Flórián Albert, the 1967 European Footballer of the Year who is regarded as one of the most elegant players of all time, has died aged 70 after complications following heart surgery.
Albert was admitted to hospital a fortnight ago in Budapest, the city where the Ferencvárosi TC favourite spent most of his life after moving there as a child. He underwent an operation on Friday and though the initial prognosis was positive, Albert passed away early this morning.
A graceful, free-scoring forward, Albert spent his entire club career at Ferencváros. He scored 256 goals in 351 league matches for the Green Eagles in a career that spanned 16 years before injury ended his playing days in 1974. He won four championships, a Hungarian Cup and the 1965 Inter-Cities Fairs Cup, beating Juventus in the Turin final. Ferencváros's stadium now bears his name.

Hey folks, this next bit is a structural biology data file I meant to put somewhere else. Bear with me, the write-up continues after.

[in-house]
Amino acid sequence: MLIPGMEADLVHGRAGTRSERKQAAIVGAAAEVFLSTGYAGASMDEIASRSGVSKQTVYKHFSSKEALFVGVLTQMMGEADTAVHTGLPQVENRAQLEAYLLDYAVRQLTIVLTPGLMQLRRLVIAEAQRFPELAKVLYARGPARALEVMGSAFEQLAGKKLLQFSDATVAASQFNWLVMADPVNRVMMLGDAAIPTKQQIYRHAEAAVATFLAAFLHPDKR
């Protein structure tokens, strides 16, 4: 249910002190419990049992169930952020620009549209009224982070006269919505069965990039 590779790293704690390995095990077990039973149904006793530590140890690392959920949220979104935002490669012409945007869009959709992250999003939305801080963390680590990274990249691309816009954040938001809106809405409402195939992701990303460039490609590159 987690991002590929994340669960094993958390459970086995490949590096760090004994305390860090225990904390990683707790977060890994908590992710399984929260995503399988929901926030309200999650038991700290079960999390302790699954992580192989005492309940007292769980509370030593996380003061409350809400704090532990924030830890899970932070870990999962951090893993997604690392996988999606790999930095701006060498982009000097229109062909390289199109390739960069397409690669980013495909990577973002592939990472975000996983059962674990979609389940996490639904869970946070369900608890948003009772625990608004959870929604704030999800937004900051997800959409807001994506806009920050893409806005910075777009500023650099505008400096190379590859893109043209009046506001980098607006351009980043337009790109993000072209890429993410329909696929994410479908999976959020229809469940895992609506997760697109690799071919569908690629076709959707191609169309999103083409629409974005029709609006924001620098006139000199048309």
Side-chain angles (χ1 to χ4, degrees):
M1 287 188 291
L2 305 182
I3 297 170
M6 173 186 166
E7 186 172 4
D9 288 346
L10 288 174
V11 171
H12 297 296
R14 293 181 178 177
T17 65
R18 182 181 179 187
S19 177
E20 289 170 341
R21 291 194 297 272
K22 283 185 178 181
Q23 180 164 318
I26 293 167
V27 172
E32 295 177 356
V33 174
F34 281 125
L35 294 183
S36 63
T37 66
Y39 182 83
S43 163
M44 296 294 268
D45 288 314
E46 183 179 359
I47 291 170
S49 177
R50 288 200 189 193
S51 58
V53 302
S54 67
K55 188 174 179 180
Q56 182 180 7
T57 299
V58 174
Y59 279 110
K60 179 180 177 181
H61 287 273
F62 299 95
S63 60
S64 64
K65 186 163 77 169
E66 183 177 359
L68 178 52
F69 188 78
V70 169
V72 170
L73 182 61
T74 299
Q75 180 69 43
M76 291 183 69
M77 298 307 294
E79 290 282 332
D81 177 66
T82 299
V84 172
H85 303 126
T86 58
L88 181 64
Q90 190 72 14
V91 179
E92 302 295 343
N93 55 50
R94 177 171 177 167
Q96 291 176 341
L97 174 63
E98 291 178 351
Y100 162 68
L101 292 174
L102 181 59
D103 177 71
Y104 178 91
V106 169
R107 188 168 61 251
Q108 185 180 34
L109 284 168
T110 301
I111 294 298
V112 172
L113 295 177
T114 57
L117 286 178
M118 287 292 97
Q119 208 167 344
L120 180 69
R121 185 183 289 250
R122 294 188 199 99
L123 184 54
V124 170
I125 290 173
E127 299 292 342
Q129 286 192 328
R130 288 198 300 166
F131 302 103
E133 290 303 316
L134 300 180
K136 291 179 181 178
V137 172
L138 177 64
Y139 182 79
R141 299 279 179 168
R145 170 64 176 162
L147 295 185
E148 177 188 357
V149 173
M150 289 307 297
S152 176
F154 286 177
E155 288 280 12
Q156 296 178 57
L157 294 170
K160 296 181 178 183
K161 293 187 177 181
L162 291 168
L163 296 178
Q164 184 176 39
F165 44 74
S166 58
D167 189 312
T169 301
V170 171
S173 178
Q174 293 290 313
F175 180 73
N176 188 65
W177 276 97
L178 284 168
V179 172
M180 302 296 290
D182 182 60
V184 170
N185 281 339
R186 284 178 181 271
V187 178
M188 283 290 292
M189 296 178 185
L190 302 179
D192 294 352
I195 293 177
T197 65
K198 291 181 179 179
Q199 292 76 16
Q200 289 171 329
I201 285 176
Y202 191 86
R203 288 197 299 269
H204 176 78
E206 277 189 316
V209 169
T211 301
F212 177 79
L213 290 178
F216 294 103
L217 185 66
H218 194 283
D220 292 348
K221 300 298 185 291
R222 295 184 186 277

Yet it is on the international stage that Albert gained broadest acclaim, picking up the 1967 Ballon d'Or – he remains the only Hungarian to win the prize. At 20 he had been joint-top goalscorer at the 1962 FIFA World Cup and was an inspriational figure as Hungary came third at the 1964 UEFA European Championship. In all Albert, the son of a blacksmith, scored 31 goals in 75 caps.
In a 2004 interview, he told UEFA.com: "Hungary has a tradition of great players, and in this country everyone knows what that entails: When 80,000 people are expecting a certain finish, the player decides to do something different and scores his own way. The important thing is that whenever we had a star player he left his imprint on the Hungarian game for a decade." Albert's contribution has lasted much longer than that.
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